The KLF (Kopyright Liberation Front), more recently known as the K Foundation, also known as The Timelords, furthermore known as The JAMs, was one of the seminal bands around the time of the Acid House movement in Britain in the late 1980s and early 1990s. Founded by Bill Drummond (alias King Boy D, Time Boy) and Jimmy Cauty (alias Rockman Rock, Lord Rock) in the wake of the disbandment of the sampling outfit The Justified Ancients of Mu Mu, the KLF went on to release a series of world-wide hits.



Their first taste of UK number one success was the novelty-pop single, Doctorin' The Tardis, by The Timelords. Some people claim that Drummond later lamented about the decision not to release the single under the JAMs moniker. Others dispute this.

They also published the infamous book The Manual, and gained notoriety for various anarchic situationist manifestations which included billboard advert defacements, a Brit awards protest involving a dead sheep and buckets of blood, weird mainstream press adverts, the staging of an alternative art award for the worst artist of the year (The Alternative Turner Prize), and burning a million pounds sterling. The resultant film, Watch The K-Foundation Burn A Million Quid, was toured around the UK. Drummond and Cauty signed a contract preventing them from talking about the incident for 23 years.

Leaving aside all the other incarnations, there were three main phases to their musical career (as the KLF).

  • In 1988-1989 they described their sound as "pure trance", and released a number of (largely) instrumental acid house rave anthems including What Time Is Love? and 3AM Eternal.
  • In 1989-1990 they became "ambient house" and released seminal ambient LP Chill Out as well as ambient video Waiting. Jimmy Cauty was also involved in the ambient side-projects The Orb and Space.
  • In 1990-1992 they became "Stadium House". The original pure trance singles were re-recorded with rap vocals, a pop-rock production and crowd noise samples. These singles, including What Time Is Love?, 3AM Eternal, Last Train to Trancentral, and Justified And Ancient were worldwide hits along with their 1991 UK top ten album, The White Room. Notably, Justified And Ancient featured vocals from American country star Tammy Wynette.

Some people claim that 3AM Eternal was allegedly a reference to their 1987: What the Fuck's Going On? album. The album suffered major legal setbacks because of its use of ABBA's Dancing Queen, and Drummond and Cauty were sued and ordered to destroy all remaining copies of the offending record. After a failed audience with ABBA, they burned the records, as legend has it, at 3AM. The album, minus the offending samples, was later released as a 12" single, complete with instructions on how to create the original album.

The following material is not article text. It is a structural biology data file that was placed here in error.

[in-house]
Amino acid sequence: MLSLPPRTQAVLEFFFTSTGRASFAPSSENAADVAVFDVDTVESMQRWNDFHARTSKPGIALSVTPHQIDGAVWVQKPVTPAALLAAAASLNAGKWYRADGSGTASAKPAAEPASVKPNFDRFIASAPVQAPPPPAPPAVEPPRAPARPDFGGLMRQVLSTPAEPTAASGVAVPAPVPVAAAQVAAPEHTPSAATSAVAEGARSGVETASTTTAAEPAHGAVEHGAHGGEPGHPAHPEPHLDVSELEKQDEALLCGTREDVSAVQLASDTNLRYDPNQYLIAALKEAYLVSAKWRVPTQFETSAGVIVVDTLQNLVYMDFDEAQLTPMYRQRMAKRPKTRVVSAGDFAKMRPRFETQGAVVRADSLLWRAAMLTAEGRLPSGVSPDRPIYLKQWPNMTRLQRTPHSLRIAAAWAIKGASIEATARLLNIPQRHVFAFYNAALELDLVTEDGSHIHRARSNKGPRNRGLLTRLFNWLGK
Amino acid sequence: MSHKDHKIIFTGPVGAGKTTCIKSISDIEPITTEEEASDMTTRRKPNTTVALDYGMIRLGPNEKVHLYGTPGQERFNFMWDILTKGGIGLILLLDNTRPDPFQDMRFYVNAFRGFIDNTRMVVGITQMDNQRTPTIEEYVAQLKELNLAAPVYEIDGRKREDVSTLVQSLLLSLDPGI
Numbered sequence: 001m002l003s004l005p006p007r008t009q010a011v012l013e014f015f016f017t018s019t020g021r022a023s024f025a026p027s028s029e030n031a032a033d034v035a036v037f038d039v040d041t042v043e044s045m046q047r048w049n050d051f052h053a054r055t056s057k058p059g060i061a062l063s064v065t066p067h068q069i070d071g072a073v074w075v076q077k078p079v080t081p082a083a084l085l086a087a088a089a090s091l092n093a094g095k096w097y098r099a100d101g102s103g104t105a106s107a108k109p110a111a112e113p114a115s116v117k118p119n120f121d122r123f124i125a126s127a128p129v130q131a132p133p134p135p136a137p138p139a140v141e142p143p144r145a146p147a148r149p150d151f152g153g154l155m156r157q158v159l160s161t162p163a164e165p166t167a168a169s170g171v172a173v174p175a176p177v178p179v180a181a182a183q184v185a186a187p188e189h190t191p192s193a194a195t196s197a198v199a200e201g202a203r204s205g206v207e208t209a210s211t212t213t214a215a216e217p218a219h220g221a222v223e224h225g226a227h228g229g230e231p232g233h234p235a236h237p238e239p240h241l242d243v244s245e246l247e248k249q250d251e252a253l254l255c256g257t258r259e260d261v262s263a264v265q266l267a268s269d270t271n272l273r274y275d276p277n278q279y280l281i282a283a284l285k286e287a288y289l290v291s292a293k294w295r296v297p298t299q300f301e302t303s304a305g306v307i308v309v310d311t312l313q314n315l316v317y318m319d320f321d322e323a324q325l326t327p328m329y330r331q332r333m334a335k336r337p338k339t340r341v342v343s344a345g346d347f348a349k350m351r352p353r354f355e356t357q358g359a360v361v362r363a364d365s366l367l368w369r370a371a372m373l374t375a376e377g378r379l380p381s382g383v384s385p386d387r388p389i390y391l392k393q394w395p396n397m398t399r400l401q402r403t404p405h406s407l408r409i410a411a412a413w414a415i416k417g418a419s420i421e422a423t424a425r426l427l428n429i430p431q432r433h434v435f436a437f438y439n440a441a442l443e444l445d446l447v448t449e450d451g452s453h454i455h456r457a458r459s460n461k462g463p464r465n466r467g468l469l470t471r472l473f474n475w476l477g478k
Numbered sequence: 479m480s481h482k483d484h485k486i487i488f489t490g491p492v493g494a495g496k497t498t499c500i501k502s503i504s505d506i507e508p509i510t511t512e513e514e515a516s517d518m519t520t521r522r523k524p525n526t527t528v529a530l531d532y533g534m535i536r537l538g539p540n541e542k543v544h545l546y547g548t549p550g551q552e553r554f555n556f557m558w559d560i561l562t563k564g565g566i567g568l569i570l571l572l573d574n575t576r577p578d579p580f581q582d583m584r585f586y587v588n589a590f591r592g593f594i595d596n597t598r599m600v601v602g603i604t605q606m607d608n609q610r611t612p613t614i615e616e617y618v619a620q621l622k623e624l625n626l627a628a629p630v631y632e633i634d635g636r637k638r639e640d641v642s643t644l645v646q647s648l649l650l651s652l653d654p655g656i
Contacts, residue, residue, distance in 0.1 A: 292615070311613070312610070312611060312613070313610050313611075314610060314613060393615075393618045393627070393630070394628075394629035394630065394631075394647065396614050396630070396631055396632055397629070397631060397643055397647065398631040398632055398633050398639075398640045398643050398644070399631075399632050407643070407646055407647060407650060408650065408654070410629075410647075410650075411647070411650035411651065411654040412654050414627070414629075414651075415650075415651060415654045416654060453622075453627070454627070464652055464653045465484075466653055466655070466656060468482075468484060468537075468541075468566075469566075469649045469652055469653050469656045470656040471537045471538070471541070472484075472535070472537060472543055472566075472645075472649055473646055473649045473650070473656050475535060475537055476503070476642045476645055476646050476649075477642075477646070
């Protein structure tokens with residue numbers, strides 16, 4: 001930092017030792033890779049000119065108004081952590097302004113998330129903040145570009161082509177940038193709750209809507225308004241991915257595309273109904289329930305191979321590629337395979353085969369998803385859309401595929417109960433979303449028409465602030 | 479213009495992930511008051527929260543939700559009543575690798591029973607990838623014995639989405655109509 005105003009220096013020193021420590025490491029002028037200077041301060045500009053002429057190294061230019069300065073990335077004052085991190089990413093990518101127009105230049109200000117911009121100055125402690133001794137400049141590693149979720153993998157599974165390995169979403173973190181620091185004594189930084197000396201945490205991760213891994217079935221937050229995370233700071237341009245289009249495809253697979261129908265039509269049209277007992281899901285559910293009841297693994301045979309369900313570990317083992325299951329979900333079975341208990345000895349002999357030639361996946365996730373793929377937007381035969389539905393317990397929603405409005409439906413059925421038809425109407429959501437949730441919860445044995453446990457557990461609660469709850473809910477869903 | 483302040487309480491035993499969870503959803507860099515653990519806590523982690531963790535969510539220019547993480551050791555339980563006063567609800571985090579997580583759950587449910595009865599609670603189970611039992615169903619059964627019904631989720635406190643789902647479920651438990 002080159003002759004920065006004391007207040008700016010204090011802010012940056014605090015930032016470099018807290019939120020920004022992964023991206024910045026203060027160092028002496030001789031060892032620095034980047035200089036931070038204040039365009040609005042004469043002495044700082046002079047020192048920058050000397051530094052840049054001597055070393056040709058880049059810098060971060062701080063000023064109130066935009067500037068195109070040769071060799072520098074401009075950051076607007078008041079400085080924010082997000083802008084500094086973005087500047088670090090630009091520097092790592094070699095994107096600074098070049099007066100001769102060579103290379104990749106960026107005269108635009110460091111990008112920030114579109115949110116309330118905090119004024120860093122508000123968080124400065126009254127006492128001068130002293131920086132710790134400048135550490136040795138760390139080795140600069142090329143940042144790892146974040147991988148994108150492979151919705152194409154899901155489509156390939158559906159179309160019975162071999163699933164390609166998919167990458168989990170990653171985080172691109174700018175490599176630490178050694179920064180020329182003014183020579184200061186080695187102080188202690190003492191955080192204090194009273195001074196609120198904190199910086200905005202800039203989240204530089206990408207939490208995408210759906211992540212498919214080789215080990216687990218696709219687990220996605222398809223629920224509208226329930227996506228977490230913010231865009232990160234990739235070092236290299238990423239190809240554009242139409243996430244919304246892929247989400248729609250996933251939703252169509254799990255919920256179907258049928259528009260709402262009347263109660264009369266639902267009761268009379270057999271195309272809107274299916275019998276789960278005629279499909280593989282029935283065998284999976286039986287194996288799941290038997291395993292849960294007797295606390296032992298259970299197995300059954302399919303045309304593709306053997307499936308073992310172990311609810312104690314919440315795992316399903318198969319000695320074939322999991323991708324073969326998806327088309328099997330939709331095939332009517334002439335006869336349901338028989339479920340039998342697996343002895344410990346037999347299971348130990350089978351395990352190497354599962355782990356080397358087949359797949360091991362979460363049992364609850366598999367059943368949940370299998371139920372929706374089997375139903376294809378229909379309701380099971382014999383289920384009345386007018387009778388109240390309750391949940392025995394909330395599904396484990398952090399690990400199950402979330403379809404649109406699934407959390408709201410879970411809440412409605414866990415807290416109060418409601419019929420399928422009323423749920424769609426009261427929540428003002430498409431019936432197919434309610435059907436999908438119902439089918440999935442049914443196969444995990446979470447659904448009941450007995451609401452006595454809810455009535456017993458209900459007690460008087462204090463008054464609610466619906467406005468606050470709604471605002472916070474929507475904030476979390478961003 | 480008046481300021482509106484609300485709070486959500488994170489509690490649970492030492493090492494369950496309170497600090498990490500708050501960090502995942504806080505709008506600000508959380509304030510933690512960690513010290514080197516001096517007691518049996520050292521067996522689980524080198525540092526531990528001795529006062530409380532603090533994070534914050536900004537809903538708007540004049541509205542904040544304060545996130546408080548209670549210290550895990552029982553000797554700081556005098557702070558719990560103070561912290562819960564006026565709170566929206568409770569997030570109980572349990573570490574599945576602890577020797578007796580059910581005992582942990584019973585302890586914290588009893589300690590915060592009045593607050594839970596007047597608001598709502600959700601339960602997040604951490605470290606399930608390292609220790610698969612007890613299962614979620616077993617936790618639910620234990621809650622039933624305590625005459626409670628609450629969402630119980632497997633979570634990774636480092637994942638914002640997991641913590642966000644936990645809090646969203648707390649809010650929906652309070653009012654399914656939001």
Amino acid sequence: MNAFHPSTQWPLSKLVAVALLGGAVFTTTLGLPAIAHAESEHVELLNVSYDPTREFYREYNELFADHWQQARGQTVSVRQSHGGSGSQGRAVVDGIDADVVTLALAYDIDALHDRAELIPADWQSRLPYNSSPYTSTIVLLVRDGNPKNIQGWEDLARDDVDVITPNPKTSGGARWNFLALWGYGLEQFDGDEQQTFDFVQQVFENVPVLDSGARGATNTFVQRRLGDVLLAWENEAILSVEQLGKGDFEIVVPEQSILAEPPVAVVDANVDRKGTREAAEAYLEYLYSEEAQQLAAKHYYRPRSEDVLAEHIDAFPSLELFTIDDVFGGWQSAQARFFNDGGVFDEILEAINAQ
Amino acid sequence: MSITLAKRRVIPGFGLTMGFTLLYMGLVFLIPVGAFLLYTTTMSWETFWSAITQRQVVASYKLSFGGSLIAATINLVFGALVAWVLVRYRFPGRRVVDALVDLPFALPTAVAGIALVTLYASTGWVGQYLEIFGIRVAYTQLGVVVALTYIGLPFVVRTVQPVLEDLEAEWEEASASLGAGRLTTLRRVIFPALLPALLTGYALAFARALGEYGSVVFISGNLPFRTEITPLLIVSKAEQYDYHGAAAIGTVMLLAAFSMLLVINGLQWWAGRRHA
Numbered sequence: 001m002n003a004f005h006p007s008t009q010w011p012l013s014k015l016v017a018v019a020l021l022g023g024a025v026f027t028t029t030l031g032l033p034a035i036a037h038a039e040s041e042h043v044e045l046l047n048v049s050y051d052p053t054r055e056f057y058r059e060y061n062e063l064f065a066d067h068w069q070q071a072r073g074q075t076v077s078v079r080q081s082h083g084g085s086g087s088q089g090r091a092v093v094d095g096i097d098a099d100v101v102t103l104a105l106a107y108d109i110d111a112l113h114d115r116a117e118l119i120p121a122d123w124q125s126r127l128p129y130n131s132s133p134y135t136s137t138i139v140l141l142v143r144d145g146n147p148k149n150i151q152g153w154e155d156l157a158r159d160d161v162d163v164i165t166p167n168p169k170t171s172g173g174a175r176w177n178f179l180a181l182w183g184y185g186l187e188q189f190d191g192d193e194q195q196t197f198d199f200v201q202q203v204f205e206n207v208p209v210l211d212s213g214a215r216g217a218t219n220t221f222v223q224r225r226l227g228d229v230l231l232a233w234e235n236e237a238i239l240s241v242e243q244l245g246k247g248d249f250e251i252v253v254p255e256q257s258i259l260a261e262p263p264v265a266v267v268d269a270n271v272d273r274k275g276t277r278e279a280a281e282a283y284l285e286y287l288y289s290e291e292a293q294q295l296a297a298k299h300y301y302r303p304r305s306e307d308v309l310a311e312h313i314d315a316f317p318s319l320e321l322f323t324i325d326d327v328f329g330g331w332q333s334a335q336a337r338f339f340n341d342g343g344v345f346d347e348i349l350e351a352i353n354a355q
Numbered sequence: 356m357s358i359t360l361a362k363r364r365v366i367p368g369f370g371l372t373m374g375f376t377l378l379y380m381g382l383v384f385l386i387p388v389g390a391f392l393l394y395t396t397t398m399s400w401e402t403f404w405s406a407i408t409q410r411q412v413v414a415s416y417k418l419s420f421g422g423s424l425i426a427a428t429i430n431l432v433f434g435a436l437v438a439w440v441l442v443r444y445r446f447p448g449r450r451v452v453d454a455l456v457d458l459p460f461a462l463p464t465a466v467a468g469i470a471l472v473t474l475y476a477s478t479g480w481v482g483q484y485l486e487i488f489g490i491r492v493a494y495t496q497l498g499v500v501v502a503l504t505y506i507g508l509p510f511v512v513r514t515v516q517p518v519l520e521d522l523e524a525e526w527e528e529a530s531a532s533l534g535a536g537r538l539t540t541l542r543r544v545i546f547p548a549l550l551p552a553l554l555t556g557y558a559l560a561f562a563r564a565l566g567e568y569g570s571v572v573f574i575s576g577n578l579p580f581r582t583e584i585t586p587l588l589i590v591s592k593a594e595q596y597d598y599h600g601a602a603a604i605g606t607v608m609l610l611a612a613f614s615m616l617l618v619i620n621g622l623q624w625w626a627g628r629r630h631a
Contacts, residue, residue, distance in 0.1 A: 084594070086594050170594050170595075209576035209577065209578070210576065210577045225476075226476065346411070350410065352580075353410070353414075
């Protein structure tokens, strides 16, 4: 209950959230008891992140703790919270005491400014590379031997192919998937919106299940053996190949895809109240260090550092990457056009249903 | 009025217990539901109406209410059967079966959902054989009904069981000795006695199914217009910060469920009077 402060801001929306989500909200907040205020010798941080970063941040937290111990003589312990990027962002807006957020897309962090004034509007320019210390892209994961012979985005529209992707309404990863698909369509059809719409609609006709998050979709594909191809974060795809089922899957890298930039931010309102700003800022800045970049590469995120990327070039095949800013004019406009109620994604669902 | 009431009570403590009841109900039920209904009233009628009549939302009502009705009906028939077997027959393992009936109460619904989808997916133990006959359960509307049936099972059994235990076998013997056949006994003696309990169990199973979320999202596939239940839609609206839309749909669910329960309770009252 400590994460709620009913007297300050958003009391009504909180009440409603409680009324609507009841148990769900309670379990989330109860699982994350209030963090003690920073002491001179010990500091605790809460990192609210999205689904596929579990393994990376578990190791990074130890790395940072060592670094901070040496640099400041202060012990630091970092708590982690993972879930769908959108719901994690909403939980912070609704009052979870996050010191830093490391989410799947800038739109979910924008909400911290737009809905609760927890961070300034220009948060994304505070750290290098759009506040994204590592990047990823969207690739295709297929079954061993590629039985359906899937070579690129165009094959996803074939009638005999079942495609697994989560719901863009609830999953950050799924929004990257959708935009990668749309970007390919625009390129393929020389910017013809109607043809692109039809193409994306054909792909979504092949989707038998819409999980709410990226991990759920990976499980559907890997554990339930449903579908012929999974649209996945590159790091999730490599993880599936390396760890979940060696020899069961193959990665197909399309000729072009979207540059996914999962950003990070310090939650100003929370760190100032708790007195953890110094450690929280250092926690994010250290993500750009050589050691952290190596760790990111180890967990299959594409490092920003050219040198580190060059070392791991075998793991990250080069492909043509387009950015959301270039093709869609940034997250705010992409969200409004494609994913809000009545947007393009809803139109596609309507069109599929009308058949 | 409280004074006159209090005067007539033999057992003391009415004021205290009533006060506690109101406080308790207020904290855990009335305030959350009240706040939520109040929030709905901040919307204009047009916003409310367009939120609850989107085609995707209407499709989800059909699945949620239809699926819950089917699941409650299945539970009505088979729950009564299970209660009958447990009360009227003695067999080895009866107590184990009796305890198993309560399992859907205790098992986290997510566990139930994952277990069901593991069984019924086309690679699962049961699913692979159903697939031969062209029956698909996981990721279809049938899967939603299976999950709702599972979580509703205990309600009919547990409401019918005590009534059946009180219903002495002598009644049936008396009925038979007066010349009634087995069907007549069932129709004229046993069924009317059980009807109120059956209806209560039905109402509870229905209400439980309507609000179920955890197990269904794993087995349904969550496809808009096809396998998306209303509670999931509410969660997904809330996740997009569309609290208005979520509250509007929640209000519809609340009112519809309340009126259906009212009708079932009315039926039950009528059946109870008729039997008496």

Another theory has it that "3AM Eternal" is mentioned somewhere in Schrödinger's Cat, with another obscure reference to an art gallery with a 'picture' consisting of a frame with lots of bills nailed to it, but this has yet to be proven.

KLF also performed a live version of the song, augmented by thrash punk rock band Extreme Noise Terror, at the 1992 Brit Awards ceremony. The band had reputedly also planned to throw buckets of sheep's blood over the audience, but were apparently prevented from doing so due to opposition from BBC lawyers and the 'hardcore vegetarian' Extreme Noise Terror [1] ( The performance was, instead, garnished by a kilted, cigar-chomping Drummond firing blanks from an automatic weapon over the heads of the crowd. Later in the evening the band allegedly dumped a dead sheep with the message "I died for you - bon appetit" tied around its waist at the entrance to one of the post ceremony parties.

Their singles combined dance beats with surprisingly "rock" guitar, and a sequential narrative about the fictional "Mu Mu land", derived from The Illuminatus! Trilogy.

As an art college student, Drummond had originally been involved with the set design for the first ever stage production of the Illuminatus! Trilogy, which opened in Liverpool on the November 23, 1976. The play featured Illuminatus! author Robert Anton Wilson as a naked extra, and the 23-strong cast contained a number of actors, who would later enjoy considerable success. The play moved to London where it was eventually seen by the young Jimmy Cauty.

Some people believe that the seriousness of the whole enterprise may be best indicated by Cauty and Drummond's appearance in one videoclip as leather-jacketed, sunglass-wearing rockers playing sitar. The vast number of sheep references in their work may also be a clue. Some people have compared the group to The Residents for their antics, if not their music.

See also


Justified Ancients of Mu Mu


  • All You Need Is Love (1987)
  • Whitney Joins the JAMs (1987)
  • Down Town (1987)
  • Burn the Beat (1988)
  • It's Grim Up North (1991)


  • 1987: What the Fuck's Going On? (1987)
  • Who Killed the JAMs? (1988)
  • The History of the JAMs aka the Timelords (1988)
  • Shag Times (1989 - UK/Europe version of History)

Disco 2000


  • I Gotta CD (1987)
  • One Love Nation (1988)
  • Uptight (Everything's Alright)(1989)

The Timelords


  • Doctorin' the Tardis (1988)



  • What Time Is Love? (1988)
  • 3AM Eternal (1989)
  • Kylie Said to Jason (1989)
  • What Time Is Love? (Live at Trancentral) (1990)
  • 3AM Eternal (Live at the SSL) (1991)
  • Last Train to Trancentral (Live from the Lost Continent) (1991)
  • Justified and Ancient(Featuring Tammy Wynette) (1991)
  • America: What Time Is Love? (1991 US, 1992 UK)
  • 3AM Eternal (1992 - with Extreme Noise Terror)


K Foundation


  • K Sera Sera (1993)



  • ***K the Millennium (sic) (1997)

External links

fr:The KLF nl:The KLF sv:KLF


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